Before Jesus, keepers of the first covenant sought to work out their salvation through a system of offering and sacrifices. However, Jesus, “on coming into the world” (v. 5) effected salvation through the offering of his body once for all (v. 10). Quoting from Psalm 40:7-8, the early Christian author named the various classes of sacrificial offerings: peace, cereal, holocaust, sin and guilt. These had been prescribed and their liturgies were ritualized by law but their effectiveness had been obviated with the appearance of Jesus. Whereas the law had been able to offer only a skia (Greek) or shadow of the blessings to come (10:1), only with Jesus did the eikon or real image (or portrait, or, in contemporary terms, a photograph) of the heavenly realities become manifest. Eikon or image can be understood as that form through which the essence or true nature of a thing is revealed so that it can be readily perceived by the senses and grasped by the intellect. Christ, by his perfect, unique and unrepeatable sacrifice made available to a saved humanity, not shadows, but the true form of worship; by the gift of his obedient will, he inaugurated the second (v. 8) and everlasting covenant.

As William Barclay (“The Letter to the Hebrews”, The Daily Study Bible, The St. Andrew Press, Edinburgh: 1976) has noted, the writer of Hebrews wasn’t alone in identifying an obedient will as the only true sacrifice. His theological insights placed him in the good company of Samuel (1 Samuel 15:22), the psalmists (Psalm 50:14; 51:16-17), Hosea (6:6), Isaiah (1:11-20) and Micah (6:6-8). It is in this aspect of his sacrifice, i.e. in the gift of his obedient will to God that Jesus is to be imitated by all who call themselves Christian.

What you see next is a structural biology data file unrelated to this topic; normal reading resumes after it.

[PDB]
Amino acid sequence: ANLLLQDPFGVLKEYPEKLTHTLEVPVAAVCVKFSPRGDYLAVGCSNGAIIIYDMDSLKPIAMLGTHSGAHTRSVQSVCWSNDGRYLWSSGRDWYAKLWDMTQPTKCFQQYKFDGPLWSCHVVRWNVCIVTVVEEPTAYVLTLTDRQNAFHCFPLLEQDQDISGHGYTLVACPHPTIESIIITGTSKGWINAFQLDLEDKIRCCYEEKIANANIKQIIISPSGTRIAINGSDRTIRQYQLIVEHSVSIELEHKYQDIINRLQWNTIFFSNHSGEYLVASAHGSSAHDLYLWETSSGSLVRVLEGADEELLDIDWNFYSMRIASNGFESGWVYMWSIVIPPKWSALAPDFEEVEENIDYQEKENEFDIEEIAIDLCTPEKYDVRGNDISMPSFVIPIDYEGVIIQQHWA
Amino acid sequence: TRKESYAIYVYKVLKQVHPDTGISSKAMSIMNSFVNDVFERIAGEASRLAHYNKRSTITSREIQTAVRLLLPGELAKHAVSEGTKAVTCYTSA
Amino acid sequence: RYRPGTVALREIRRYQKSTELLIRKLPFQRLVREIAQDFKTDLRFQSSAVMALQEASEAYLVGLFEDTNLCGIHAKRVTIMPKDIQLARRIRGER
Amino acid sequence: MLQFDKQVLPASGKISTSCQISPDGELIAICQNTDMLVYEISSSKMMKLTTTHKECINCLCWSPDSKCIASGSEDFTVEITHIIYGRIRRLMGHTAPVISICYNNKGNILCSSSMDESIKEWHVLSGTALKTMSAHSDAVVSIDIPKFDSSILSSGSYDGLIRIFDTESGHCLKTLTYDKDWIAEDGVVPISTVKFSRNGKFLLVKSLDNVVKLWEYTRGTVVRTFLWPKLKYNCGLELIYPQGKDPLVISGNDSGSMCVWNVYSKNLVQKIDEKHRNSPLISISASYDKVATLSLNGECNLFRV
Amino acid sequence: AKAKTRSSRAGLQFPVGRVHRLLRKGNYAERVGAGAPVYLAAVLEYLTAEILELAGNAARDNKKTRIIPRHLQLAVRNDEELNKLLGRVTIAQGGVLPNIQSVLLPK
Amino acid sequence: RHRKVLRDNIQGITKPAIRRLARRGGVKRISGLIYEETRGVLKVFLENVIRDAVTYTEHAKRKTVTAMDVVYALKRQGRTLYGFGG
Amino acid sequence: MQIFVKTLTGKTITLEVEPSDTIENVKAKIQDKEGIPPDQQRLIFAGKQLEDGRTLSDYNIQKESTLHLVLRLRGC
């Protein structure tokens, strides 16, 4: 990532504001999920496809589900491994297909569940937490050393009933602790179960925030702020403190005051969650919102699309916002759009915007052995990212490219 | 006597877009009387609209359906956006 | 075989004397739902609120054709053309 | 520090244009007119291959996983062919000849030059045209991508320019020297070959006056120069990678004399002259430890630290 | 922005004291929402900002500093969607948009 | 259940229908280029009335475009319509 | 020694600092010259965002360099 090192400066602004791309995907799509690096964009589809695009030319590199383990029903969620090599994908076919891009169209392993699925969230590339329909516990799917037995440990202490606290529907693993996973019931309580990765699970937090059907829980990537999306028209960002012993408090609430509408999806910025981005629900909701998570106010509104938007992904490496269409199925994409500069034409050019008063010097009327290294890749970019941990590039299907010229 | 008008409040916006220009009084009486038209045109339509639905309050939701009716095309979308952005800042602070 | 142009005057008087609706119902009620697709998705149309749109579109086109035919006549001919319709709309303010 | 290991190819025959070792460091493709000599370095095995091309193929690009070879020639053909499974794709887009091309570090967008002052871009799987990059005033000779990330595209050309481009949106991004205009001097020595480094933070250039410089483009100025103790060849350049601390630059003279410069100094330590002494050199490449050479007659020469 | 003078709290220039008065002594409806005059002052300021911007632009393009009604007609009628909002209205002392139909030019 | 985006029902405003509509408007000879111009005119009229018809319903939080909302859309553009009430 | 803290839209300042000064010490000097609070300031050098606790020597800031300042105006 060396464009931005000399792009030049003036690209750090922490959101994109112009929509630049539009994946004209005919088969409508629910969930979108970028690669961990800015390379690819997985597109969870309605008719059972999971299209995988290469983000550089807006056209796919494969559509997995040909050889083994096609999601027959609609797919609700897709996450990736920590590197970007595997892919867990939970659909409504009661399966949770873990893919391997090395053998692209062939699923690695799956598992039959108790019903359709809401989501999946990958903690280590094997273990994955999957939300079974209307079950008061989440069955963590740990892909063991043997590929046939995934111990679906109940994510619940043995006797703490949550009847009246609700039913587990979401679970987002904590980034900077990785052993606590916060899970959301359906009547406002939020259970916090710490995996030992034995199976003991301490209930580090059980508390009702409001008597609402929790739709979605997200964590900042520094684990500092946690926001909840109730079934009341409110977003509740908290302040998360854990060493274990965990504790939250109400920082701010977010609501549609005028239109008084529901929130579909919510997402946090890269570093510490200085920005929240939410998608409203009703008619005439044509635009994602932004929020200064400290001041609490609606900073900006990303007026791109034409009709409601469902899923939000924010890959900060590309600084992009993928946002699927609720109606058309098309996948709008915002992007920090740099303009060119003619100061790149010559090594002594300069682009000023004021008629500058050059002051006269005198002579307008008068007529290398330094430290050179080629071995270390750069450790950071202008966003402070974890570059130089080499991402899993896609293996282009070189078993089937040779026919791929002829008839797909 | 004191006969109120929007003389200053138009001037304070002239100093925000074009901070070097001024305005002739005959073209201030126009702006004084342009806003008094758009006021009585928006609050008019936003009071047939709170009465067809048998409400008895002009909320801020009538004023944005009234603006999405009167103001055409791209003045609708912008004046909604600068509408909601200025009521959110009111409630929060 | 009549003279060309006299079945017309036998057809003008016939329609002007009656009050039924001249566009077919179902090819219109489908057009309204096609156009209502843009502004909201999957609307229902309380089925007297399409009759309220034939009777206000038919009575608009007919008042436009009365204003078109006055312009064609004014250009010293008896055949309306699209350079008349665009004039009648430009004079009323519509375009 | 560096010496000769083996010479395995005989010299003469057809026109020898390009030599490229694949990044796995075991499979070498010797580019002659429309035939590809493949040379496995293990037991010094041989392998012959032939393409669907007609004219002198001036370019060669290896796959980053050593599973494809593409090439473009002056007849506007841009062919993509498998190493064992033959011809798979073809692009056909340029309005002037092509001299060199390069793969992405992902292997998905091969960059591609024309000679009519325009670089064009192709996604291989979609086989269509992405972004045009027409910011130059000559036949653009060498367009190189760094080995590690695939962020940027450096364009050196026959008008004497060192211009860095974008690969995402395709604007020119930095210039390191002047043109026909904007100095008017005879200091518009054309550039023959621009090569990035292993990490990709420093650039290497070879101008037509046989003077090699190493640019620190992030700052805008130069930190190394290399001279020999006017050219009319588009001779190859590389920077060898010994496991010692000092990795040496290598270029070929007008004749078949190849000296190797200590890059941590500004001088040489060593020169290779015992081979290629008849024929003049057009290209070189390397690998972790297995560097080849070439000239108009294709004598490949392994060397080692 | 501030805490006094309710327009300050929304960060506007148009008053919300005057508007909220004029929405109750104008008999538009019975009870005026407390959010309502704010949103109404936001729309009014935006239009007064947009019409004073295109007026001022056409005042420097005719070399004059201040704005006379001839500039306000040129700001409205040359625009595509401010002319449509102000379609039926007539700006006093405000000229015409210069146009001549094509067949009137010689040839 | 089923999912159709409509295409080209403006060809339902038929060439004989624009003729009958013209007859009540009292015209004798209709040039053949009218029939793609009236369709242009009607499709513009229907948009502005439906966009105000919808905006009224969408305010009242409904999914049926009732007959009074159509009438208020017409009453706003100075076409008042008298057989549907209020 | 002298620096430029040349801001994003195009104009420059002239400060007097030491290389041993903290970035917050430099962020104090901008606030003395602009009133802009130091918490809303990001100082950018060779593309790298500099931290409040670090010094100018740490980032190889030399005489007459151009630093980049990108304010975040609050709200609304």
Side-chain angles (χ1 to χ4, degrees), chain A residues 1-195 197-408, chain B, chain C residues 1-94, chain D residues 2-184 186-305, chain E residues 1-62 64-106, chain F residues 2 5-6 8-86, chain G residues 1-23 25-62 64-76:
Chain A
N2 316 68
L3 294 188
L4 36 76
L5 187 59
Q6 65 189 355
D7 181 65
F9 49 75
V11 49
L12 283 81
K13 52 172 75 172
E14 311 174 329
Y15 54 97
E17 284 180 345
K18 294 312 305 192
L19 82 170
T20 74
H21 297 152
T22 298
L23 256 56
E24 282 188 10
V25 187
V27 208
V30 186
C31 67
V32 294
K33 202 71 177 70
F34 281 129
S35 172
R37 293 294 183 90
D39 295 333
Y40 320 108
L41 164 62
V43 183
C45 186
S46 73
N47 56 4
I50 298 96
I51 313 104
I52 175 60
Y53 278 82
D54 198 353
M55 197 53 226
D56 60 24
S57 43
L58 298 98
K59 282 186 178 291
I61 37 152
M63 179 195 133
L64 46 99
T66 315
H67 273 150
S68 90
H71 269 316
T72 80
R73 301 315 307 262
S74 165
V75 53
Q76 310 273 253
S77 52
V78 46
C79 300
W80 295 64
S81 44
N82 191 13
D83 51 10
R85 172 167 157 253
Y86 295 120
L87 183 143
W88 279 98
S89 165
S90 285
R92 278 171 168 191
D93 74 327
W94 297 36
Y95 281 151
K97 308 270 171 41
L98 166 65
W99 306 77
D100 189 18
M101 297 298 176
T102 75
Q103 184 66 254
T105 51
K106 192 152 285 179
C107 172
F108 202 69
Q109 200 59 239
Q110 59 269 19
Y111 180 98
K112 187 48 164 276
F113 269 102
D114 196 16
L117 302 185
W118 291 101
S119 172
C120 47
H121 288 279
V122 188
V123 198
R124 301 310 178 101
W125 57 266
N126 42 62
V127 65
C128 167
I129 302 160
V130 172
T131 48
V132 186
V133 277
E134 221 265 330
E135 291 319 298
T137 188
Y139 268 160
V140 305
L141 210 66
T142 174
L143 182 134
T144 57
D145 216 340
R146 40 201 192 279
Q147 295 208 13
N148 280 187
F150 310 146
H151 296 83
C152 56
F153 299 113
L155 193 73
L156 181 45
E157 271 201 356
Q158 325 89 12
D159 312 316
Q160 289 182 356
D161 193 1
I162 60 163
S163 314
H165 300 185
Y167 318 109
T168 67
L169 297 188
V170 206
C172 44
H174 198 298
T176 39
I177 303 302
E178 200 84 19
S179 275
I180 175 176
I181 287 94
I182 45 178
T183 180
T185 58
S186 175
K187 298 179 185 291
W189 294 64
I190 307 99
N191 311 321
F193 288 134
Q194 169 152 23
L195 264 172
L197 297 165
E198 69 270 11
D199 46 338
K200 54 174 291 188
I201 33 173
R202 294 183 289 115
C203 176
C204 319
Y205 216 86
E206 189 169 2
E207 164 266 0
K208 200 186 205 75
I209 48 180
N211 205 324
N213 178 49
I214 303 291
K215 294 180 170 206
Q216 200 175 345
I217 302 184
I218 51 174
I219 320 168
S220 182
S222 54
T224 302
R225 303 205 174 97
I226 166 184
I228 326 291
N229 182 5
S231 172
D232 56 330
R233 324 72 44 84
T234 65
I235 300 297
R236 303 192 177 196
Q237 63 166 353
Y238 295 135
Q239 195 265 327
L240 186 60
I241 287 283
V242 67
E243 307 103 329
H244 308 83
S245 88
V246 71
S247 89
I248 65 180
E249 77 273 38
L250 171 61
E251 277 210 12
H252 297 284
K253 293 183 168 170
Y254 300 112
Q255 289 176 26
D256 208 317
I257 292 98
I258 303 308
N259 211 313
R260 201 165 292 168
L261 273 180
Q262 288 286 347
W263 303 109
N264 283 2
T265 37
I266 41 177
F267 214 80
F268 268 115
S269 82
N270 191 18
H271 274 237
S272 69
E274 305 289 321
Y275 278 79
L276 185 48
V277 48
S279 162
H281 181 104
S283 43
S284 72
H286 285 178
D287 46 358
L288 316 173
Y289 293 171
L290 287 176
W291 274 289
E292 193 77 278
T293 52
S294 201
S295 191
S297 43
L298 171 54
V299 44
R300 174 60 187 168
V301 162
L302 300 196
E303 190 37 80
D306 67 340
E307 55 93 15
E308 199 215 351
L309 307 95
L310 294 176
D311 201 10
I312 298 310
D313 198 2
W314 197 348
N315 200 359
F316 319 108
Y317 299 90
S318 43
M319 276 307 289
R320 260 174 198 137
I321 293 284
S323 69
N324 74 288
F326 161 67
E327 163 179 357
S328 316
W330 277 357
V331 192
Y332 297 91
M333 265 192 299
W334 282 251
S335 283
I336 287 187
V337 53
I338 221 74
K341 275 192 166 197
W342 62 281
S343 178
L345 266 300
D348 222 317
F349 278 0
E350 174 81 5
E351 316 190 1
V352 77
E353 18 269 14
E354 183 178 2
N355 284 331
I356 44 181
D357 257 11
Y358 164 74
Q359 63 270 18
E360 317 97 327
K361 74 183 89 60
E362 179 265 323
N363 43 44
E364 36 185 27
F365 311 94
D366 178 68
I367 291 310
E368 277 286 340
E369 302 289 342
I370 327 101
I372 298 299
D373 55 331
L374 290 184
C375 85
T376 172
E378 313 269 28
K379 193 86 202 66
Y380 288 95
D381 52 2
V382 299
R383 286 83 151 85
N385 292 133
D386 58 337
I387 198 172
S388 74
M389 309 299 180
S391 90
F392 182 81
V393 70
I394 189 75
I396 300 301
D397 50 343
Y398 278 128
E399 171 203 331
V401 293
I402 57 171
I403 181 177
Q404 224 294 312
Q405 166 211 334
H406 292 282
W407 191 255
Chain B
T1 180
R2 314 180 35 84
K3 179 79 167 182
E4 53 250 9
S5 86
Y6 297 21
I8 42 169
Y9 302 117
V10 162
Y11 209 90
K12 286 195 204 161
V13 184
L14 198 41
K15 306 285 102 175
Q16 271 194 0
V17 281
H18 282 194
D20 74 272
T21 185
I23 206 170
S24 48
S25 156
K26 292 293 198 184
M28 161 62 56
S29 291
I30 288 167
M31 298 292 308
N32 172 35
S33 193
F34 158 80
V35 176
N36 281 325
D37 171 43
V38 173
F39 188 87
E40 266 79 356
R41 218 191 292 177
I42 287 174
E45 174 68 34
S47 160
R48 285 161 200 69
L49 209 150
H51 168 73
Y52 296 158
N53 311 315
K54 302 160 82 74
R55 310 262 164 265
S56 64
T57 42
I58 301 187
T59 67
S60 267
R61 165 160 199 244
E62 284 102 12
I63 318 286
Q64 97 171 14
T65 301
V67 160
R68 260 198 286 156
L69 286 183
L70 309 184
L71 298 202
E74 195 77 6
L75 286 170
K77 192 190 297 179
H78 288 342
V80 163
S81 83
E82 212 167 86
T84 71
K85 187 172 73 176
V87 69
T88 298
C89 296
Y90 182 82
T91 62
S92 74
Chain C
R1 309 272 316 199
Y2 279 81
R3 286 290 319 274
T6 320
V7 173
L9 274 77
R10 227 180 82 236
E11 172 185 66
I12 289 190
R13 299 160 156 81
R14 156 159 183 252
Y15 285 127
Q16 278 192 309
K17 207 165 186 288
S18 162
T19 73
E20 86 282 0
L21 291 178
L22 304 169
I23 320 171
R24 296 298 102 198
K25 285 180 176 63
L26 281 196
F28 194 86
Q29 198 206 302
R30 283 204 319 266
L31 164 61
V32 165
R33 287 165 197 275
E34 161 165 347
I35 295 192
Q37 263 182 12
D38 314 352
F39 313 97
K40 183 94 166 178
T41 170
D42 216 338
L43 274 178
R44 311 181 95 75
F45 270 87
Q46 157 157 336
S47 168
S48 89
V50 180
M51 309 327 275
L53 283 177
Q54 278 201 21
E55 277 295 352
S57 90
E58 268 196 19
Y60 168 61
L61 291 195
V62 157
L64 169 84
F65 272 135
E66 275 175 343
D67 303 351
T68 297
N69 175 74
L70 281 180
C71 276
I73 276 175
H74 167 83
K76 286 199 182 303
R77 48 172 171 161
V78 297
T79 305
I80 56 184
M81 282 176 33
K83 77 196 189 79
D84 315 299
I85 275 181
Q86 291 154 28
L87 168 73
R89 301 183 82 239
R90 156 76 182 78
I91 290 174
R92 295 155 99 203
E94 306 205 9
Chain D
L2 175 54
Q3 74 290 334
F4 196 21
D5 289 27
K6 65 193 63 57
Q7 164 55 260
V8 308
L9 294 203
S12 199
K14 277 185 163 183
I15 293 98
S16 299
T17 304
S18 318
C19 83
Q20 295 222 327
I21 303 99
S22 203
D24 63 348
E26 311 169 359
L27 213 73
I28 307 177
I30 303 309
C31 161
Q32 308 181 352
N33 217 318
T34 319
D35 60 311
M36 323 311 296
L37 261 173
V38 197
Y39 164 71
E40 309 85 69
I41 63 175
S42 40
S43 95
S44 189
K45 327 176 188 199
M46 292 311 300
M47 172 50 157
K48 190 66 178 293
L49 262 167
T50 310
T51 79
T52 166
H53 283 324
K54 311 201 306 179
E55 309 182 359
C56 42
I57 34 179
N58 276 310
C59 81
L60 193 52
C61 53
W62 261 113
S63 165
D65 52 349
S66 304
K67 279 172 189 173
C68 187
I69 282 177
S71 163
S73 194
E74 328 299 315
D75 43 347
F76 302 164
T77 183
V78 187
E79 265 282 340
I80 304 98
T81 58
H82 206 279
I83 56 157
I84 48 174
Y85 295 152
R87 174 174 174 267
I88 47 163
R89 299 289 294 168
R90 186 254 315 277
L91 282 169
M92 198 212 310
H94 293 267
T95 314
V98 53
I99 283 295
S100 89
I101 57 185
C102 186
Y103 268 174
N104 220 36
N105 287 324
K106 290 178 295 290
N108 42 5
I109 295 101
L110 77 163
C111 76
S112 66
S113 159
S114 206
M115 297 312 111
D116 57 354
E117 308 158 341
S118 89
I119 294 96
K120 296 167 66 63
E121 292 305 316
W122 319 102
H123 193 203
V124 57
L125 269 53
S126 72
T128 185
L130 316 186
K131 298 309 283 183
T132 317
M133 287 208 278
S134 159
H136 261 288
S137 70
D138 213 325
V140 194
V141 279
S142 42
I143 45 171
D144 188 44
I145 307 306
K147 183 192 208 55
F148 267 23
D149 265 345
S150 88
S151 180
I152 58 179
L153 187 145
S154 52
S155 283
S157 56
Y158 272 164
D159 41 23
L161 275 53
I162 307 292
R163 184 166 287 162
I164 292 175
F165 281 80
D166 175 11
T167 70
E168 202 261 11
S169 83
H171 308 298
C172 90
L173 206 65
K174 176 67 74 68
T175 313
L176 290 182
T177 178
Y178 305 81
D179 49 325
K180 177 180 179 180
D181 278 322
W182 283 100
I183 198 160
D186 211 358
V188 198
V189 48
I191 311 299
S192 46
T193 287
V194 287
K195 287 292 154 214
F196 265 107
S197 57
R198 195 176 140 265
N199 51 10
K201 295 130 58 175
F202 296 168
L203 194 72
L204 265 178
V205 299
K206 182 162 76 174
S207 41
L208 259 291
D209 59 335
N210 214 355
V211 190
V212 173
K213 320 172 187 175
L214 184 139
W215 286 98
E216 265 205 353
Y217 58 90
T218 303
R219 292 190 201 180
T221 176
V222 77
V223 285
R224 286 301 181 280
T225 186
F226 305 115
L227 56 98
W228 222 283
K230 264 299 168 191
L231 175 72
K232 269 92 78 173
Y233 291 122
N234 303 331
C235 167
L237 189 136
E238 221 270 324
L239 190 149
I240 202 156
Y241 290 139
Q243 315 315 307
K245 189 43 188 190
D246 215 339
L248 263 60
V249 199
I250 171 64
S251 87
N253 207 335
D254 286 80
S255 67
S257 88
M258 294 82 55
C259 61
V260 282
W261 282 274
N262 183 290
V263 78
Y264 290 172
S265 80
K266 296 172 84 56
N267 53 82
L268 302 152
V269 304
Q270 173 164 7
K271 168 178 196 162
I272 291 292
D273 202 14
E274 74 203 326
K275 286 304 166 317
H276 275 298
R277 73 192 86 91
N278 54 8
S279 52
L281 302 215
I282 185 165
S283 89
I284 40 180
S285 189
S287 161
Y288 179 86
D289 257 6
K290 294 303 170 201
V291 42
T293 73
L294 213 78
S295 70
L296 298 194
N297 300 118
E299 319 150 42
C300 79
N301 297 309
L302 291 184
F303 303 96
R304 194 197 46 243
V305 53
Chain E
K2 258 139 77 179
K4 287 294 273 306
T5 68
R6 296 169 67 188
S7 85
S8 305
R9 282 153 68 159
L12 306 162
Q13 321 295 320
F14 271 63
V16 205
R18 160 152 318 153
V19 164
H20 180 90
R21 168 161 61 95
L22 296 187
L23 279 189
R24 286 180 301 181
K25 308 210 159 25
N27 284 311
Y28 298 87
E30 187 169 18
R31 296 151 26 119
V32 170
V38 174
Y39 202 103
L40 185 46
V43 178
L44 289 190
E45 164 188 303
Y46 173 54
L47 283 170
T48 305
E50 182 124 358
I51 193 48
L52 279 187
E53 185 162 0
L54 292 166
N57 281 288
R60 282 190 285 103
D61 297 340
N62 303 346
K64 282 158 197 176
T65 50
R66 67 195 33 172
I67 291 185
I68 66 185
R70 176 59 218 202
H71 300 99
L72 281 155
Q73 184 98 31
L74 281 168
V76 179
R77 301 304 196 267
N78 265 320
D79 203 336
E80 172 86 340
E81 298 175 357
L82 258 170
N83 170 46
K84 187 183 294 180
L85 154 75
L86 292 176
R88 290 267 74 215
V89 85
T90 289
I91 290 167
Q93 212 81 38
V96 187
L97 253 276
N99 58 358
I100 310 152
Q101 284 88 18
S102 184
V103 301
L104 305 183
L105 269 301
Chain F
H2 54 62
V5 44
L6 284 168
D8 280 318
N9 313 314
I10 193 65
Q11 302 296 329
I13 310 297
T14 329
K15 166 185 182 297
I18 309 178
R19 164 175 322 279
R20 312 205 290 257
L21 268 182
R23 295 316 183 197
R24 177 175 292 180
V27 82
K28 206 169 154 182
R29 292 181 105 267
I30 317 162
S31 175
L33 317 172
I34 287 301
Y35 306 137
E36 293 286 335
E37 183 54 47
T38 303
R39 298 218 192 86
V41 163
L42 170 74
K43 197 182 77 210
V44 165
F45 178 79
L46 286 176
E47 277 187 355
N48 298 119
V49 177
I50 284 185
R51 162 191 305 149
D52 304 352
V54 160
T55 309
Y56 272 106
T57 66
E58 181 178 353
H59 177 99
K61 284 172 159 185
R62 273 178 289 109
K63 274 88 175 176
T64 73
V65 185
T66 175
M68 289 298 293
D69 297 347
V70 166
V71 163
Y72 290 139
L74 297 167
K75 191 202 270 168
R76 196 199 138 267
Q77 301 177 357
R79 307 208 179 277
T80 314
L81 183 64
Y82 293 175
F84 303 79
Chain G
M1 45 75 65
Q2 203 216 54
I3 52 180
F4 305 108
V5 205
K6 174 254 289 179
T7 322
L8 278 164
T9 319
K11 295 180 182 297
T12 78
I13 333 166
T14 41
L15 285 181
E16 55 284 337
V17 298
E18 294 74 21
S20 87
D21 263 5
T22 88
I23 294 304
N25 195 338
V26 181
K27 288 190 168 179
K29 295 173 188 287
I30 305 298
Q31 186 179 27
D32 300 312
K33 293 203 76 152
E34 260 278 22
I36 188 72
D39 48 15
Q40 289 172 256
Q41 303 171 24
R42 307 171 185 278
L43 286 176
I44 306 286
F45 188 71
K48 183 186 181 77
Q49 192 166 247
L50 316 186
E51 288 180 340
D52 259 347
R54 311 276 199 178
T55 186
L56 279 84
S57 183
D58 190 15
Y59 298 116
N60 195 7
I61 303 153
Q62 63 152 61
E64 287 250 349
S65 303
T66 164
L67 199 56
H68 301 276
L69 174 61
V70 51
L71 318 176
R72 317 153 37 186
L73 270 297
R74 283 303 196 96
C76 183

LUKE 1:39-45

Precious little is known for certain about Mary, the mother of Jesus, and yet, in some circles, even this precious little has been skewed to such a degree that she has become a source of divisiveness among certain groups of believers. Those searching for balance and perspective with regard to this unique woman need only refer to Luke. Never featured on her own, Mary’s importance in the gospel and her role in God’s plan of salvation history are always contingent upon the person and mission of Jesus. As Reginald Fuller once noted, “The Mariology of scripture is grounded in Christology” (Preaching the New Lectionary, The Liturgical Press, Collegeville, MN: 1974).

Because of her relationship to Jesus, Mary is declared “blessed” three times in today’s gospel pericope (vv. 42, 42, 45). In a double clause, “blessed are you” . . . and “blessed is the fruit”, and with the passive participle eulogemene (blessed), Luke has arranged the first two pronouncements of Mary’s blessedness in coordination. This structure, which is Semitic in style, was used to indicate a relationship of subordination. In other words, Mary is proclaimed as blessed because of Jesus.